The ability to correctly identify emotions in social stimuli such as faces is proposed to affect ones level of cognitive empathy. The Fusiform Face Area shows a heightened neural response during the perception of faces relative to objects. We tested whether neural responses to social stimuli were associated with performance in a measure of cognitive empathy, the Reading the Mind in the Eyes Task. To quantify face perception, participants were presented with images during a fast serial presentation task which elicited a steady state visual evoked potential, measured using electroencephalography. A Sequential Bayesian Analysis was used to assess if face specific neural responses were associated with either cognitive empathy or age. Data were collected from a participant group of both neurotypical individuals and individuals on the autistic spectrum. We found no significant relationship between the face-specific neural signature, cognitive empathy or age. This study highlights the efficiency of the Sequential Bayesian Analysis as an effective method of participant recruitment.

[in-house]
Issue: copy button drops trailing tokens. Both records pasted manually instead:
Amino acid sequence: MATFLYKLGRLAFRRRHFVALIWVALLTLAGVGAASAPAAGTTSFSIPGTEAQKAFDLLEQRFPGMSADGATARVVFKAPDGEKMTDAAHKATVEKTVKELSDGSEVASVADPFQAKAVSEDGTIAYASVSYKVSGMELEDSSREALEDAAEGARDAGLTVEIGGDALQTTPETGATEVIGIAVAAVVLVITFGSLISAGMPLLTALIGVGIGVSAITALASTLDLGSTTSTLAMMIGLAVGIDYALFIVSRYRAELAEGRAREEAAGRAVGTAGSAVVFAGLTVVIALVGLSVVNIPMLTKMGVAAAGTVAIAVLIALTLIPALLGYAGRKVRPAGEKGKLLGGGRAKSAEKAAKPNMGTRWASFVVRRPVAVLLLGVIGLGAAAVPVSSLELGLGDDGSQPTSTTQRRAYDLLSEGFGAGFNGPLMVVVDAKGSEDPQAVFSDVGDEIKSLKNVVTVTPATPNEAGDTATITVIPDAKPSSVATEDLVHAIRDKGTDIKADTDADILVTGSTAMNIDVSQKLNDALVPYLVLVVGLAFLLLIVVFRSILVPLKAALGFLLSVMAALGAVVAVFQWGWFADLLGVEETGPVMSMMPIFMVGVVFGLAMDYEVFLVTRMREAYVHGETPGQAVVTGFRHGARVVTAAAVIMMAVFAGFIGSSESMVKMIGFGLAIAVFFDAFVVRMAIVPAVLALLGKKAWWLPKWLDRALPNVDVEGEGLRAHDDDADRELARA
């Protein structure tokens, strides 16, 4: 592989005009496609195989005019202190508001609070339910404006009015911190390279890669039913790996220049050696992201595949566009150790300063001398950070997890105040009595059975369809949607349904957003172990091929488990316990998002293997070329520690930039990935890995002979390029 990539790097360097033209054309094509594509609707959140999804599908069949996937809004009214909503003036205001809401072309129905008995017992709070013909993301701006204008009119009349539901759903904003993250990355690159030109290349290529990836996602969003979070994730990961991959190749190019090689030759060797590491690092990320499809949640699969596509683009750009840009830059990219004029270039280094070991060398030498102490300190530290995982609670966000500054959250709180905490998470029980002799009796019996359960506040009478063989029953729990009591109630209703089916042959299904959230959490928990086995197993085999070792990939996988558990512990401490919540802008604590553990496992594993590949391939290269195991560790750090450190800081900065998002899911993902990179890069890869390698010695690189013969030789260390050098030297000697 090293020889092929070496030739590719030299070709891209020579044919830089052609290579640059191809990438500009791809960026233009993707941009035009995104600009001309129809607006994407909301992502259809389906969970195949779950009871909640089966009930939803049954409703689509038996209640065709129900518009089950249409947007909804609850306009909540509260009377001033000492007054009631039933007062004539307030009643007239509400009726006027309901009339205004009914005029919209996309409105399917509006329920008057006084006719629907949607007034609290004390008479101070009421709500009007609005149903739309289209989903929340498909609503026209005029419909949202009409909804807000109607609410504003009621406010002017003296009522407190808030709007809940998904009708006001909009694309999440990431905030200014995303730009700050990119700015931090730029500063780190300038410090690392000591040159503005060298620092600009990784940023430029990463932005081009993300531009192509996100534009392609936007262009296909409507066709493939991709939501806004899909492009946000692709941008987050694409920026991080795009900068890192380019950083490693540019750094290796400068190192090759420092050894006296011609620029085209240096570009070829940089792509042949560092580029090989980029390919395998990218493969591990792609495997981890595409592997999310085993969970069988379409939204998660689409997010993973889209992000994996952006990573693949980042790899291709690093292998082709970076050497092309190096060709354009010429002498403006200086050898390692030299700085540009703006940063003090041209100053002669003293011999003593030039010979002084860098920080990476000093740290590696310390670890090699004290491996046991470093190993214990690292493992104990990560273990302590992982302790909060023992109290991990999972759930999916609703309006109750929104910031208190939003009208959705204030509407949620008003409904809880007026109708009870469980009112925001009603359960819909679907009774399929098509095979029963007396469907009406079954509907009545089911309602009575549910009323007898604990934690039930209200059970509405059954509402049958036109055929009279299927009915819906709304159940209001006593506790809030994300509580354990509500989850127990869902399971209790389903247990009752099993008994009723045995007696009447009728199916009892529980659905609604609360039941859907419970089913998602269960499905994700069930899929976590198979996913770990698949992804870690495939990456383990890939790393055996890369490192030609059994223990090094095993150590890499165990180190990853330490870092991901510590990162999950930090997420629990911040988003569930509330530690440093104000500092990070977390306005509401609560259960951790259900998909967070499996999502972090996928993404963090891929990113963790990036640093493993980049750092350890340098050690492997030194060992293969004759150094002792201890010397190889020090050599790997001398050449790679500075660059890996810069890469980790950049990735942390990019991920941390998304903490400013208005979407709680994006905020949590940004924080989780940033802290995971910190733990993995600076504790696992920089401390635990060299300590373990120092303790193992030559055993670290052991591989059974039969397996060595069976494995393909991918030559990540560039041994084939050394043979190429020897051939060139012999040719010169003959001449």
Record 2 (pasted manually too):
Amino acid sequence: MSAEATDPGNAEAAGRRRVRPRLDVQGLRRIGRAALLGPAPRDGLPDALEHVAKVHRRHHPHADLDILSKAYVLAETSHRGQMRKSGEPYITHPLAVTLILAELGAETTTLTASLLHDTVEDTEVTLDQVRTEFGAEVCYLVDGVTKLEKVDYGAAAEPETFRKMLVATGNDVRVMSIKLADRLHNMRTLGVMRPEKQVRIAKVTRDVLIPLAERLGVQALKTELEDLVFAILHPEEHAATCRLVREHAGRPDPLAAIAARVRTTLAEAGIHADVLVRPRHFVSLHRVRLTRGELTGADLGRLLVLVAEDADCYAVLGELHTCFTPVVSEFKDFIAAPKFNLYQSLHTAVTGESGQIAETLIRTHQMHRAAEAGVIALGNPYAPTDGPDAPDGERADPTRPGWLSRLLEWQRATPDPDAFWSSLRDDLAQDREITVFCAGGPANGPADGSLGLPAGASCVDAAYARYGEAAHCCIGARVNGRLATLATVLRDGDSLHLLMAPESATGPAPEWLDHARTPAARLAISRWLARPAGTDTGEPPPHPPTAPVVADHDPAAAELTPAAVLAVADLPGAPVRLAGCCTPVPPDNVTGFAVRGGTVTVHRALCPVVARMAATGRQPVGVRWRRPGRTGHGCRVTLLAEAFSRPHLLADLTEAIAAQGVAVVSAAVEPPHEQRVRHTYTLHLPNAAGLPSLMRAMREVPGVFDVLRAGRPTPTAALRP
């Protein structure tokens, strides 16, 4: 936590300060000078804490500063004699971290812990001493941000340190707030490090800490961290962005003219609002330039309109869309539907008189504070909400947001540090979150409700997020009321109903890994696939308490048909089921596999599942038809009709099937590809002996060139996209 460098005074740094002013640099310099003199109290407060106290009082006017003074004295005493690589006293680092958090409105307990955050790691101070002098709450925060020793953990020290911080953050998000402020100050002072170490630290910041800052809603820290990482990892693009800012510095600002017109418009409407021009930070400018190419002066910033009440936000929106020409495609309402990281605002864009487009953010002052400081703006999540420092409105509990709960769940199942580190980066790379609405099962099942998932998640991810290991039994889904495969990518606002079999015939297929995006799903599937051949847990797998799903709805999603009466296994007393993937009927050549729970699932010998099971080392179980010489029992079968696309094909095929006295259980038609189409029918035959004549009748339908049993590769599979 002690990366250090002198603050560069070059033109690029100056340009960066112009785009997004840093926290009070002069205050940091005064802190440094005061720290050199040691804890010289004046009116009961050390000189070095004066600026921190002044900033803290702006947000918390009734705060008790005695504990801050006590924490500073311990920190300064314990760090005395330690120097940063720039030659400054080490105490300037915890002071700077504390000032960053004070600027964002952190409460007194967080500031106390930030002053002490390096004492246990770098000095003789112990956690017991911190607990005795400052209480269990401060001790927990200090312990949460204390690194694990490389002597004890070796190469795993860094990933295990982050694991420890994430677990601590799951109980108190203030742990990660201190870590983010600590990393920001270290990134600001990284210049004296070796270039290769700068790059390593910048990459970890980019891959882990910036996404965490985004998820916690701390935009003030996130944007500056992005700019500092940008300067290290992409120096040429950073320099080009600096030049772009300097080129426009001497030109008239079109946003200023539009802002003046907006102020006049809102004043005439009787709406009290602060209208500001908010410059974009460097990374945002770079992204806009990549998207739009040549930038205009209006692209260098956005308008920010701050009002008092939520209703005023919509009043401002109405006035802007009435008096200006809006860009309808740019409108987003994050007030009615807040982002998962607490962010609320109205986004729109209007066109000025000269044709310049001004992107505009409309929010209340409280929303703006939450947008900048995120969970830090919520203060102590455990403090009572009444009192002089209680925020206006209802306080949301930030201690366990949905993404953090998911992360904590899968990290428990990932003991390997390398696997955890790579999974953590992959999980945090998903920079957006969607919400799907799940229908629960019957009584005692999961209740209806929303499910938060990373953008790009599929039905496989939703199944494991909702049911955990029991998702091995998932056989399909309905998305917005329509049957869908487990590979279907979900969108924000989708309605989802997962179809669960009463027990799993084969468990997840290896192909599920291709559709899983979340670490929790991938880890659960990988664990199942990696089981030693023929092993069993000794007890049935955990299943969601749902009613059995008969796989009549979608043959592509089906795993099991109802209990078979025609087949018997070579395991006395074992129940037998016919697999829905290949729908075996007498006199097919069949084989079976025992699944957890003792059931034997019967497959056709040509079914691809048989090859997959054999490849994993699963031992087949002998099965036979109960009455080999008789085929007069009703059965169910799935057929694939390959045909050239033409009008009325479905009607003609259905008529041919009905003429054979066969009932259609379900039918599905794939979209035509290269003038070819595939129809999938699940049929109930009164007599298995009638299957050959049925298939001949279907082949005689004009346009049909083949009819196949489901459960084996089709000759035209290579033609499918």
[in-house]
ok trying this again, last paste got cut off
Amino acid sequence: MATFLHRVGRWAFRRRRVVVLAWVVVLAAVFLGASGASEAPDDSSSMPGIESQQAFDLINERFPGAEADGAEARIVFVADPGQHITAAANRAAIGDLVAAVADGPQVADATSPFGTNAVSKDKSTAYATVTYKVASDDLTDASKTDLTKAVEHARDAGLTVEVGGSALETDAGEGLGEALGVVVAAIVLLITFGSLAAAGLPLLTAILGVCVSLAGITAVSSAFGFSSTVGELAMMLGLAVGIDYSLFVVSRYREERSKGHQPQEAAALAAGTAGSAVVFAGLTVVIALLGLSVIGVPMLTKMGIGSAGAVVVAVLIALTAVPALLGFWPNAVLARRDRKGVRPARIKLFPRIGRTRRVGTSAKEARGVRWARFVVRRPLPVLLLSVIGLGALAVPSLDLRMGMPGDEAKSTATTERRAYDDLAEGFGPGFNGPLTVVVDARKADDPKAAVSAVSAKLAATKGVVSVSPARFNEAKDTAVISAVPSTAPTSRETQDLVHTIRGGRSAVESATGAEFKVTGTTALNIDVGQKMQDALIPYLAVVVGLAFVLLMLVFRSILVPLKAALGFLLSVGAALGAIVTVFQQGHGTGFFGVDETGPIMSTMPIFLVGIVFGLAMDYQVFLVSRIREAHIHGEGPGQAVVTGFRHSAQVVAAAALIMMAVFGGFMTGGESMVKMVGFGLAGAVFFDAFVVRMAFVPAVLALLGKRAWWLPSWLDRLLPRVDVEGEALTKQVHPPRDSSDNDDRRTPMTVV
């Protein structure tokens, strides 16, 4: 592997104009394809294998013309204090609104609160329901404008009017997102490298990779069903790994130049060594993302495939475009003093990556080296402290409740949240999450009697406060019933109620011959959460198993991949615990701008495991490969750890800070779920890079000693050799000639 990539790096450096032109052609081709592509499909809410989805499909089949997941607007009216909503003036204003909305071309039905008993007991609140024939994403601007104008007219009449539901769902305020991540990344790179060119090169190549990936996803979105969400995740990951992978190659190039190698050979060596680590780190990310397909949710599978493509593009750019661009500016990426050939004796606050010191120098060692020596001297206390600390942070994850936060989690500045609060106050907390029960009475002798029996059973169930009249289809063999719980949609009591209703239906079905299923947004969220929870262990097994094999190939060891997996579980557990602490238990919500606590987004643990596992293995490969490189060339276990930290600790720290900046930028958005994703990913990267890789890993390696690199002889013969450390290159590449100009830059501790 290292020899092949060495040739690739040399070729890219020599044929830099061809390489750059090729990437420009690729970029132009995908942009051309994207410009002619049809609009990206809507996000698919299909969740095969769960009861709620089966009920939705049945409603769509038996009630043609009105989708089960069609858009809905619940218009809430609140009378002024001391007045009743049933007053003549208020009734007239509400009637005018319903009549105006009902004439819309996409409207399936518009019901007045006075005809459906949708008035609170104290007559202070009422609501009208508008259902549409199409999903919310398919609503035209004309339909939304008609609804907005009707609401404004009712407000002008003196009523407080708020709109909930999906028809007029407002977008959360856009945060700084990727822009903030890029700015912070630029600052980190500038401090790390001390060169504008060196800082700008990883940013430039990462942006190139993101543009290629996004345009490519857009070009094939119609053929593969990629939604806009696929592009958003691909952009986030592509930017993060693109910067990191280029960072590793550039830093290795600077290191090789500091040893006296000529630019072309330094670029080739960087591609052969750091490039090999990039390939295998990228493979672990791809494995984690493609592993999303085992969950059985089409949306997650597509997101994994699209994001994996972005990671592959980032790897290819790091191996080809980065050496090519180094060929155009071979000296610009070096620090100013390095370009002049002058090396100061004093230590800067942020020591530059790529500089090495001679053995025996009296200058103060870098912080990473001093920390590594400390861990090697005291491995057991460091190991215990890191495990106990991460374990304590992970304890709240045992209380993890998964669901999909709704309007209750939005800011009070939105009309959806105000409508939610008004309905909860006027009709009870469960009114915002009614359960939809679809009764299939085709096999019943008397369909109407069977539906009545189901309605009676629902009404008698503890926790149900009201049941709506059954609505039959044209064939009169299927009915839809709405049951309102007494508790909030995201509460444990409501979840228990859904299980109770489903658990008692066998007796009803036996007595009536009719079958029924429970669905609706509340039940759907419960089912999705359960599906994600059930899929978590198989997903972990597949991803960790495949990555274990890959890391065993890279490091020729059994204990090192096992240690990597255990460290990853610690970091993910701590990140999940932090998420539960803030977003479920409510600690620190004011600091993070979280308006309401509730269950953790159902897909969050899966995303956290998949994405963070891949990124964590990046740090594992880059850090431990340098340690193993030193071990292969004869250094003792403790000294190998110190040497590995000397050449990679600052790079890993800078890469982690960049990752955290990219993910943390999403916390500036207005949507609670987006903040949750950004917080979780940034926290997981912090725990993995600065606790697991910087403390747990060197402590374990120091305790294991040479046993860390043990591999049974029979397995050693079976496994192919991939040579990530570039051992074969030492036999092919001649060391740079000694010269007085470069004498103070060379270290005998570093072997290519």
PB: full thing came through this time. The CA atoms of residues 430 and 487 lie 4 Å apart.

bioRxiv Subject Collection: Neuroscience